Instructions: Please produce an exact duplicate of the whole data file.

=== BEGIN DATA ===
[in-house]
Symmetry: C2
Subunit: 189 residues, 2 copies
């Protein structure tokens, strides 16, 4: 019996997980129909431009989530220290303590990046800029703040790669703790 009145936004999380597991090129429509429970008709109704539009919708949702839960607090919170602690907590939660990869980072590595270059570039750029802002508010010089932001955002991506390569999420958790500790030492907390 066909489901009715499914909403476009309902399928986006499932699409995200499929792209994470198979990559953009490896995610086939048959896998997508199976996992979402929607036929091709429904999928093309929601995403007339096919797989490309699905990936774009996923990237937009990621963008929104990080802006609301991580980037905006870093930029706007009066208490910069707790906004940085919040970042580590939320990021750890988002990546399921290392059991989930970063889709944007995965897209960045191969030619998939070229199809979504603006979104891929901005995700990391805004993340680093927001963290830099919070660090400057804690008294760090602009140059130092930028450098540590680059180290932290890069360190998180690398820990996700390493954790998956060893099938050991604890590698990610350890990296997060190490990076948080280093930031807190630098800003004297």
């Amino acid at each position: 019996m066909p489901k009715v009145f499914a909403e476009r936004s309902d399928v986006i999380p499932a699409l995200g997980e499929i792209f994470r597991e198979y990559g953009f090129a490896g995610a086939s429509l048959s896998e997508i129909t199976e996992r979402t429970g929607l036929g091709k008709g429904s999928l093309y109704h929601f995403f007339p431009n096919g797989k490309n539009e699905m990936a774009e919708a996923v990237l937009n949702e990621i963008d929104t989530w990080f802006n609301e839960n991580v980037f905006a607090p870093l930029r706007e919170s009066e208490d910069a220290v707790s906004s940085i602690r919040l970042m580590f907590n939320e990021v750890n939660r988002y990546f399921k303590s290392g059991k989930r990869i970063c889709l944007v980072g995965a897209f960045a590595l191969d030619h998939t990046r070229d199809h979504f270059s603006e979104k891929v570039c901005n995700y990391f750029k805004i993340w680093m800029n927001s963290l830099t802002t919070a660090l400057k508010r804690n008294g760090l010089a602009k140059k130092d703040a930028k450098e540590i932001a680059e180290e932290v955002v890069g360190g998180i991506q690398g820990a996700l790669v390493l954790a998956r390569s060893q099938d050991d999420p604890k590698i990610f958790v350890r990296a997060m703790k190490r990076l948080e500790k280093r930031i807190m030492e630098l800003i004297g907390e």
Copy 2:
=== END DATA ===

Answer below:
[in-house]
Symmetry: C2
Subunit: 189 residues, 2 copies
């Protein structure tokens, strides 16, 4: 019996997980129909431009989530220290303590990046800029703040790669703790 009145936004999380597991090129429509429970008709109704539009919708949702839960607090919170602690907590939660990869980072590595270059570039750029802002508010010089932001955002991506390569999420958790500790030492907390 066909489901009715499914909403476009309902399928986006499932699409995200499929792209994470198979990559953009490896995610086939048959896998997508199976996992979402929607036929091709429904999928093309929601995403007339096919797989490309699905990936774009996923990237937009990621963008929104990080802006609301991580980037905006870093930029706007009066208490910069707790906004940085919040970042580590939320990021750890988002990546399921290392059991989930970063889709944007995965897209960045191969030619998939070229199809979504603006979104891929901005995700990391805004993340680093927001963290830099919070660090400057804690008294760090602009140059130092930028450098540590680059180290932290890069360190998180690398820990996700390493954790998956060893099938050991604890590698990610350890990296997060190490990076948080280093930031807190630098800003004297």
């Amino acid at each position: 019996m066909p489901k009715v009145f499914a909403e476009r936004s309902d399928v986006i999380p499932a699409l995200g997980e499929i792209f994470r597991e198979y990559g953009f090129a490896g995610a086939s429509l048959s896998e997508i129909t199976e996992r979402t429970g929607l036929g091709k008709g429904s999928l093309y109704h929601f995403f007339p431009n096919g797989k490309n539009e699905m990936a774009e919708a996923v990237l937009n949702e990621i963008d929104t989530w990080f802006n609301e839960n991580v980037f905006a607090p870093l930029r706007e919170s009066e208490d910069a220290v707790s906004s940085i602690r919040l970042m580590f907590n939320e990021v750890n939660r988002y990546f399921k303590s290392g059991k989930r990869i970063c889709l944007v980072g995965a897209f960045a590595l191969d030619h998939t990046r070229d199809h979504f270059s603006e979104k891929v570039c901005n995700y990391f750029k805004i993340w680093m800029n927001s963290l830099t802002t919070a660090l400057k508010r804690n008294g760090l010089a602009k140059k130092d703040a930028k450098e540590i932001a680059e180290e932290v955002v890069g360190g998180i991506q690398g820990a996700l790669v390493l954790a998956r390569s060893q099938d050991d999420p604890k590698i990610f958790v350890r990296a997060m703790k190490r990076l948080e500790k280093r930031i807190m030492e630098l800003i004297g907390e």
Copy 2: